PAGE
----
With respect to the district court's ruling on the government's right to the daily forfeitures which began to accrue upon the expiration of the 30-day statutory grace period following service of the individual notices of default, we must disagree. The district court initially granted a motion to stay the running of the daily forfeitures due under 15 U.S.C. § 50 during the pendency of the lawsuit, but following its grant of summary judgment for the government also issued an order retroactively denying recovery of those sums which had become due between 30 days after the default notices were served and the date of its initial stay order.

It is clear that such a retroactive denial of these forfeitures which had already accrued was beyond the power of the district court. In St. Regis Paper Co. v. United States, 368 U.S. 208, 82 S.Ct. 289, 7 L.Ed.2d 240 (1961), the Supreme Court held that it could not forgive statutory penalties which accrued under 15 U.S.C. § 50 "once they legally attach," and observed that a party wishing to attack their legality prior to the government's instituting suit had available to it the Declaratory Judgment Act, 28 U.S.C. § 2201. St. Regis is clearly controlling here, and hence it is clear that the district court erred in refusing to grant the government the daily forfeitures which had accrued as of the date of its initial stay order.

The district court's grant of summary judgment is consequently AFFIRMED, its order denying the government recovery of the daily forfeitures accruing prior to its stay orders of April 3 and June 27, 1974 is REVERSED, and the case is REMANDED for further proceedings not inconsistent with this opinion.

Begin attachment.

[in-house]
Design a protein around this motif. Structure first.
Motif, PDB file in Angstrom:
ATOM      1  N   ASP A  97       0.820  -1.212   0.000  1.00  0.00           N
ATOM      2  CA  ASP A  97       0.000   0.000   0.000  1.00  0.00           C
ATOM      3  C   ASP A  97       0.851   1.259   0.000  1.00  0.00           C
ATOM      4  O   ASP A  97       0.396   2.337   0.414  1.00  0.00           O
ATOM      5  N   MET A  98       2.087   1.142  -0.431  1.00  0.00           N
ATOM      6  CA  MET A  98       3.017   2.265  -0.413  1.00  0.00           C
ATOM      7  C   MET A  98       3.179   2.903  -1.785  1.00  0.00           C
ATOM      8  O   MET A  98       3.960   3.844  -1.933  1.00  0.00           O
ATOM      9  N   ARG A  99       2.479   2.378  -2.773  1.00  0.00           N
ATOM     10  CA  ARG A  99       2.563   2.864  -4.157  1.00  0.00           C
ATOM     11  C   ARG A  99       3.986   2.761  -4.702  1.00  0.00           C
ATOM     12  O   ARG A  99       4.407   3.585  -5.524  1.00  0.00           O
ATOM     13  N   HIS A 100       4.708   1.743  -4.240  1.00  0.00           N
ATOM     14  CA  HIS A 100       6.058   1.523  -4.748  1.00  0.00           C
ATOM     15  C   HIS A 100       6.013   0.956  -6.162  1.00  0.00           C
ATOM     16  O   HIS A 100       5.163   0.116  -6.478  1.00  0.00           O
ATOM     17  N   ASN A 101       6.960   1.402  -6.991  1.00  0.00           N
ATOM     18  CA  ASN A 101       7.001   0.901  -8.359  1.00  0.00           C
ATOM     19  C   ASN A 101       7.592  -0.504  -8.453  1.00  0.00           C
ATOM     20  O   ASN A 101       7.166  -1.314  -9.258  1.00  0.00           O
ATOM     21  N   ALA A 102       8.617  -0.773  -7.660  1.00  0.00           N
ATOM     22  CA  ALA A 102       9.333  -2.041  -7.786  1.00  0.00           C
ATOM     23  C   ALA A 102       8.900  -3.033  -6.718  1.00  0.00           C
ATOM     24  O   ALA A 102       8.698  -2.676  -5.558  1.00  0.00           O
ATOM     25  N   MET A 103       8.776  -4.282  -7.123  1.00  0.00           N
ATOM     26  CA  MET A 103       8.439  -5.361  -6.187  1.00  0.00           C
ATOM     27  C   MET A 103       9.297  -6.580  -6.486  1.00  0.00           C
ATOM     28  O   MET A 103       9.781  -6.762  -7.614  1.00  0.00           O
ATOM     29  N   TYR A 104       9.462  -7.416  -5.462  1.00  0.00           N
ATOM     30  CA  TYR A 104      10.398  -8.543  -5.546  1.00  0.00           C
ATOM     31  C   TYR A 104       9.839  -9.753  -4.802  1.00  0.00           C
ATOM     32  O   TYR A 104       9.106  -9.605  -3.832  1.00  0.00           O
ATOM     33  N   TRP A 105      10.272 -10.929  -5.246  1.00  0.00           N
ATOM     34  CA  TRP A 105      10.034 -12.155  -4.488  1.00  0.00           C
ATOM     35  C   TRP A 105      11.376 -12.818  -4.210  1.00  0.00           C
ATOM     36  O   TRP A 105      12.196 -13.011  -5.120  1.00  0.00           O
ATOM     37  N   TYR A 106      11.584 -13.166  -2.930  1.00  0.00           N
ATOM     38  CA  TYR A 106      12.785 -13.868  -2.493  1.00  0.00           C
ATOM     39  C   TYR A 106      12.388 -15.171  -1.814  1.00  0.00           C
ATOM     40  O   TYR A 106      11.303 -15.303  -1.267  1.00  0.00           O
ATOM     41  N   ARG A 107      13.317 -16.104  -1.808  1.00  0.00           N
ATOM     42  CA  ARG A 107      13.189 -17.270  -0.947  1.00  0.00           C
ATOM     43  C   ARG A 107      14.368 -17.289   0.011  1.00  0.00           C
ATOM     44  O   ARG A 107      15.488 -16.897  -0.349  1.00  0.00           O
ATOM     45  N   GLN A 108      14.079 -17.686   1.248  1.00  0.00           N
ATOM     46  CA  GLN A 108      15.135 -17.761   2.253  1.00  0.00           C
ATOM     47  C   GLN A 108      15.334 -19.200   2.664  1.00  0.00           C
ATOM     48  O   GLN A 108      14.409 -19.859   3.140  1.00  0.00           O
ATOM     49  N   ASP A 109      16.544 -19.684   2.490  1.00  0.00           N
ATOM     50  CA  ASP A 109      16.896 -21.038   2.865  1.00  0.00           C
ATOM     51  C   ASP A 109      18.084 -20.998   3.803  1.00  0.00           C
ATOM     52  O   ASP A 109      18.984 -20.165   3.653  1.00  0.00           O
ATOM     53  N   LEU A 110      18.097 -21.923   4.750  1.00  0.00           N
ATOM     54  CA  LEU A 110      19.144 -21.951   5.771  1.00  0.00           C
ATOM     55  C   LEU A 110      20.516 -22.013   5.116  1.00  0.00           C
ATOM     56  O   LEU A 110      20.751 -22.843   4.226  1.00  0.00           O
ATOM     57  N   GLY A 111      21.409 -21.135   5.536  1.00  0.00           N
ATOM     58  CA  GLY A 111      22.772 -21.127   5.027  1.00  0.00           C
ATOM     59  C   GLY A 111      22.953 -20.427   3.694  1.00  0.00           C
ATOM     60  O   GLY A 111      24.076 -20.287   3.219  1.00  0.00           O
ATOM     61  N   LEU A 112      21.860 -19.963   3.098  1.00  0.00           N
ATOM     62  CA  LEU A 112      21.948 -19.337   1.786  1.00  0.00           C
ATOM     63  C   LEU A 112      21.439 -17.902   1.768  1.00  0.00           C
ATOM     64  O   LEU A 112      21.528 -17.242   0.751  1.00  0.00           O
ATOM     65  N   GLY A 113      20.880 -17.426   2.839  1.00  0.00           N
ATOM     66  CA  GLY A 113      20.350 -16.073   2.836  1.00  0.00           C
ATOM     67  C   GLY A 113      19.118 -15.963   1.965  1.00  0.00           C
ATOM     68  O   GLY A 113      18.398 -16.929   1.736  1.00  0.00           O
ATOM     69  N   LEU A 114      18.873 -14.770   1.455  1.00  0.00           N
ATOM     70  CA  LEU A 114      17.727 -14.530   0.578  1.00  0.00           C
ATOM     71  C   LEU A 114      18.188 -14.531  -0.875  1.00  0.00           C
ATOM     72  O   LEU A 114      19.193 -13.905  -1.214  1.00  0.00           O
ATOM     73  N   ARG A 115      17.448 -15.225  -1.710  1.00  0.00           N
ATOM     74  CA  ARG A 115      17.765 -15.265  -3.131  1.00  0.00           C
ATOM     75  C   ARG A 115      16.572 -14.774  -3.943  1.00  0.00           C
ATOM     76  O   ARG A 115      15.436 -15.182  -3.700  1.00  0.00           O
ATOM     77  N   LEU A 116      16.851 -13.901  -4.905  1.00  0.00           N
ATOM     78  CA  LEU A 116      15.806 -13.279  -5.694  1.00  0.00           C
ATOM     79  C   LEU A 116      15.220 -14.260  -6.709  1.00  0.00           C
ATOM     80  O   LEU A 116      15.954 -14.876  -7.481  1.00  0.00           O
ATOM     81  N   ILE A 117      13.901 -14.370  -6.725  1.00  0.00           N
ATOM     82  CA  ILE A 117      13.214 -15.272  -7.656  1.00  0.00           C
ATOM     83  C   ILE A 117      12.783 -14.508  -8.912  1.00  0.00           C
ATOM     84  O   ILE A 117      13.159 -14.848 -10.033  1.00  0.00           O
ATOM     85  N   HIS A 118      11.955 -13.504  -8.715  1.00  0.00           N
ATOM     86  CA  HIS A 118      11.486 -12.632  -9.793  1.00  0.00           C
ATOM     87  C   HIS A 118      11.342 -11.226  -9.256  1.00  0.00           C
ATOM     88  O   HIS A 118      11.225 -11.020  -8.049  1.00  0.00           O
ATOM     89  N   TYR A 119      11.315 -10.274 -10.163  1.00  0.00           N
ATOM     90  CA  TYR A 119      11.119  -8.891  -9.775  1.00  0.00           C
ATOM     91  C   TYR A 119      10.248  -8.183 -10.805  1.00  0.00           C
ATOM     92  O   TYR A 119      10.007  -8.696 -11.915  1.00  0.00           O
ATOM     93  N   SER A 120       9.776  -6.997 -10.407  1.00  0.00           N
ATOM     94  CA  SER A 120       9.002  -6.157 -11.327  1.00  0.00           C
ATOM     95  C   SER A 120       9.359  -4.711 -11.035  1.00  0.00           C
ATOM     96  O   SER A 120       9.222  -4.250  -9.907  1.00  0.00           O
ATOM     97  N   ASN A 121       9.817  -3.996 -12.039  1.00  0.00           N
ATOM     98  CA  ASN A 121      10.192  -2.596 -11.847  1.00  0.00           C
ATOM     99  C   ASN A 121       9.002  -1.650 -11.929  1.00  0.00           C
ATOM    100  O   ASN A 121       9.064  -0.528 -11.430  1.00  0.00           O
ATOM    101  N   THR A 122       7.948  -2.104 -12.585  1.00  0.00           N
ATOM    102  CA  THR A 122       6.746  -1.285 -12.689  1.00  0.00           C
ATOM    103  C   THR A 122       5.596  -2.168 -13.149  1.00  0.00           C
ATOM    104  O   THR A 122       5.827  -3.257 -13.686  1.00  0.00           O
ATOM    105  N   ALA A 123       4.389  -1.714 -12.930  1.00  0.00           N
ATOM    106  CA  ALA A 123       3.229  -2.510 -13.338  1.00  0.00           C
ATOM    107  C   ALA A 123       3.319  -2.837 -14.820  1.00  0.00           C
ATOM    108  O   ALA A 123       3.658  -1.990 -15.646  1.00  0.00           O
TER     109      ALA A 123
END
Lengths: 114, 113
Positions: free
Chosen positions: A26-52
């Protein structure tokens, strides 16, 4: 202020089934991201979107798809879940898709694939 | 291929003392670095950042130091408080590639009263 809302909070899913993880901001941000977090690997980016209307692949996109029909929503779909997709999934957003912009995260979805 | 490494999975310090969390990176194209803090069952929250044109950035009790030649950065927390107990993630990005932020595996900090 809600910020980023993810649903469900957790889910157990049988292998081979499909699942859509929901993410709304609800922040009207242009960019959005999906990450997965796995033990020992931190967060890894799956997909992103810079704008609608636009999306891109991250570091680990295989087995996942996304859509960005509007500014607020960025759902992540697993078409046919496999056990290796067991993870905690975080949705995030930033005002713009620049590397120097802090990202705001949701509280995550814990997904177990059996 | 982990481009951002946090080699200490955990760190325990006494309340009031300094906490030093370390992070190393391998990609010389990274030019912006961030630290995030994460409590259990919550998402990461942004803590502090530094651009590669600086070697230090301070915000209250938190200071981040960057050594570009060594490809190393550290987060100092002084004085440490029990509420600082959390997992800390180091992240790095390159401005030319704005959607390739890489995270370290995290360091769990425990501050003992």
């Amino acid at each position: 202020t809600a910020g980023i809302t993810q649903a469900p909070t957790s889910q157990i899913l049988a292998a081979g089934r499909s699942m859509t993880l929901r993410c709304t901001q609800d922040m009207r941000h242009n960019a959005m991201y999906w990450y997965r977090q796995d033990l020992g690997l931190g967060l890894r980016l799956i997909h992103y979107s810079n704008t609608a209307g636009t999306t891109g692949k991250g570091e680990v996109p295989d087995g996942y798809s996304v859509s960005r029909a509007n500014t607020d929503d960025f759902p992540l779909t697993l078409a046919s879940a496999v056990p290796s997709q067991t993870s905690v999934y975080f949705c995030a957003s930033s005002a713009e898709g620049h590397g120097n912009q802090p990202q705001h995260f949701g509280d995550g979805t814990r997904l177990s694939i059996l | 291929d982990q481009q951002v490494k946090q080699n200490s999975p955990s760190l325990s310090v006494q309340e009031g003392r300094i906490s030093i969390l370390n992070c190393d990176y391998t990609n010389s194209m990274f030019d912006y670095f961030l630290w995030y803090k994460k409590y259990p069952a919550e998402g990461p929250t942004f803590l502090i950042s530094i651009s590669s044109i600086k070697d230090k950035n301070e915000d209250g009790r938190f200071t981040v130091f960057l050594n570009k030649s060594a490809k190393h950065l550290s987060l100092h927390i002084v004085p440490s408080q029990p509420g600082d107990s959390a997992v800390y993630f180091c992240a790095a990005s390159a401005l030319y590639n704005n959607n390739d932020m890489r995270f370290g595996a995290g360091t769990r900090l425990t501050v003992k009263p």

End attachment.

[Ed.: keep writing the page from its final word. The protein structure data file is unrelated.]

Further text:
1. The Packers and Stockyards Act, 7 U.S.C. § 222, incorporates certain investigative and enforcement powers of the Federal Trade Commission including, inter alia, the power to require the filing, within a reasonable period, of "annual or special, or both annual and special, reports or answers in writing to specific questions," furnishing such information as may be required "as to the organization, business, conduct, practices, [and] management" of any business as necessary to further the Secretary's enforcement of the Act, 15 U.S.C. § 46.
2. § 50 provides in pertinent part as follows:

"If any corporation required by sections 41 to 46 and 47 to 58 of this title to file any annual or special report shall fail so to do within the time fixed by the Commission for filing the same, and such failure shall continue for thirty days after notice of such default, the corporation shall forfeit to the United States the sum of $100 for each and every day of the continuance of such failure . . ."